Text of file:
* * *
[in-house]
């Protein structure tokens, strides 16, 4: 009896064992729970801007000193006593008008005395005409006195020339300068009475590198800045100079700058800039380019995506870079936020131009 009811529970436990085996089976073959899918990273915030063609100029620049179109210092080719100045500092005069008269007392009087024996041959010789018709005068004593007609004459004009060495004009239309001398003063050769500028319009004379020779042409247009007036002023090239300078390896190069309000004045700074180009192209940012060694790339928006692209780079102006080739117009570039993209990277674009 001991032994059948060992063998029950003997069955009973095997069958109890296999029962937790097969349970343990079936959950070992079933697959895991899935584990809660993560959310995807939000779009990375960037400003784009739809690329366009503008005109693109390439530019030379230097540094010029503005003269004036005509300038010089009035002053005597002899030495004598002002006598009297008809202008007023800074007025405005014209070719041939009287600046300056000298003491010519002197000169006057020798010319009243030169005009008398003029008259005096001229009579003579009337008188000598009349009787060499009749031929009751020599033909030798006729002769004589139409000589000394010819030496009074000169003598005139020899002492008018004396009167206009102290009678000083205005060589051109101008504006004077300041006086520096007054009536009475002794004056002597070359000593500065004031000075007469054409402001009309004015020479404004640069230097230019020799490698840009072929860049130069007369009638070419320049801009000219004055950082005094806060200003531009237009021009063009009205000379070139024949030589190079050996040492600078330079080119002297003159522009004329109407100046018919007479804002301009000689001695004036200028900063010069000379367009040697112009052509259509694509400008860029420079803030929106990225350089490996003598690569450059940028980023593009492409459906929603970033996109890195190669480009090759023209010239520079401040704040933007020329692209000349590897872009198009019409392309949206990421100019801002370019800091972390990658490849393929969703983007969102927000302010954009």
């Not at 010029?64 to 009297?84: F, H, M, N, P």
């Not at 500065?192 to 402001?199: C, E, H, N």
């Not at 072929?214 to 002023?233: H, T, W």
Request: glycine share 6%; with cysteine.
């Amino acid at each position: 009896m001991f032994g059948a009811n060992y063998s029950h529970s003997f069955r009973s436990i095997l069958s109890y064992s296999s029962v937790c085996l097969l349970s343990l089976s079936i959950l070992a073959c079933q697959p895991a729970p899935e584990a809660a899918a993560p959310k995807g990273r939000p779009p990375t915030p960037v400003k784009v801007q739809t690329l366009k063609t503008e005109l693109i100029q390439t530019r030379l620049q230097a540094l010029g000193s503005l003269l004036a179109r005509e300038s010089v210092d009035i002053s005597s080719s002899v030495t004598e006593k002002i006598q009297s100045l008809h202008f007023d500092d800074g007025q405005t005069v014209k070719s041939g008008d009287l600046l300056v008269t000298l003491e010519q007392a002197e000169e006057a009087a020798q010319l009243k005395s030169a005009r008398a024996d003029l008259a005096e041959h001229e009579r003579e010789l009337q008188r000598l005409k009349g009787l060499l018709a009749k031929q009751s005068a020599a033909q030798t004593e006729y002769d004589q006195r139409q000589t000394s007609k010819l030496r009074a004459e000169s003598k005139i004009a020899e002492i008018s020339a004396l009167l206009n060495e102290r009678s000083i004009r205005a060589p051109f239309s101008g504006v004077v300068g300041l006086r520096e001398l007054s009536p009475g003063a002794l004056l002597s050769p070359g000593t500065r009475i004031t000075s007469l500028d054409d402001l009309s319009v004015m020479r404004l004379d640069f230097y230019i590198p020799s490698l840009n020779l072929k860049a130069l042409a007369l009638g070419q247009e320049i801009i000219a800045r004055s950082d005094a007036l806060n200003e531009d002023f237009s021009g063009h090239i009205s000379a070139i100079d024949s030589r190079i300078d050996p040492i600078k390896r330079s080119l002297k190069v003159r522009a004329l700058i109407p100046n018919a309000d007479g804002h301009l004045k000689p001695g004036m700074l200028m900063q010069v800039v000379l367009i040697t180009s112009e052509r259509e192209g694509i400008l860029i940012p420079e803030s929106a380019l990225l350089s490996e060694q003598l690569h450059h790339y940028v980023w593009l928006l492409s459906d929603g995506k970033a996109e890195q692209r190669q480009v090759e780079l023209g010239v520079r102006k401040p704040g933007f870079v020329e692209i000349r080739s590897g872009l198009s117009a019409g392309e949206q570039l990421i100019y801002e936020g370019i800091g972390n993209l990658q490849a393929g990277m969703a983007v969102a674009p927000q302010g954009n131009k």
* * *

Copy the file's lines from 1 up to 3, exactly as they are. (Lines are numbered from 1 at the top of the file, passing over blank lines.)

[in-house]
């Protein structure tokens, strides 16, 4: 009896064992729970801007000193006593008008005395005409006195020339300068009475590198800045100079700058800039380019995506870079936020131009 009811529970436990085996089976073959899918990273915030063609100029620049179109210092080719100045500092005069008269007392009087024996041959010789018709005068004593007609004459004009060495004009239309001398003063050769500028319009004379020779042409247009007036002023090239300078390896190069309000004045700074180009192209940012060694790339928006692209780079102006080739117009570039993209990277674009 001991032994059948060992063998029950003997069955009973095997069958109890296999029962937790097969349970343990079936959950070992079933697959895991899935584990809660993560959310995807939000779009990375960037400003784009739809690329366009503008005109693109390439530019030379230097540094010029503005003269004036005509300038010089009035002053005597002899030495004598002002006598009297008809202008007023800074007025405005014209070719041939009287600046300056000298003491010519002197000169006057020798010319009243030169005009008398003029008259005096001229009579003579009337008188000598009349009787060499009749031929009751020599033909030798006729002769004589139409000589000394010819030496009074000169003598005139020899002492008018004396009167206009102290009678000083205005060589051109101008504006004077300041006086520096007054009536009475002794004056002597070359000593500065004031000075007469054409402001009309004015020479404004640069230097230019020799490698840009072929860049130069007369009638070419320049801009000219004055950082005094806060200003531009237009021009063009009205000379070139024949030589190079050996040492600078330079080119002297003159522009004329109407100046018919007479804002301009000689001695004036200028900063010069000379367009040697112009052509259509694509400008860029420079803030929106990225350089490996003598690569450059940028980023593009492409459906929603970033996109890195190669480009090759023209010239520079401040704040933007020329692209000349590897872009198009019409392309949206990421100019801002370019800091972390990658490849393929969703983007969102927000302010954009």
């Not at 010029?64 to 009297?84: F, H, M, N, P």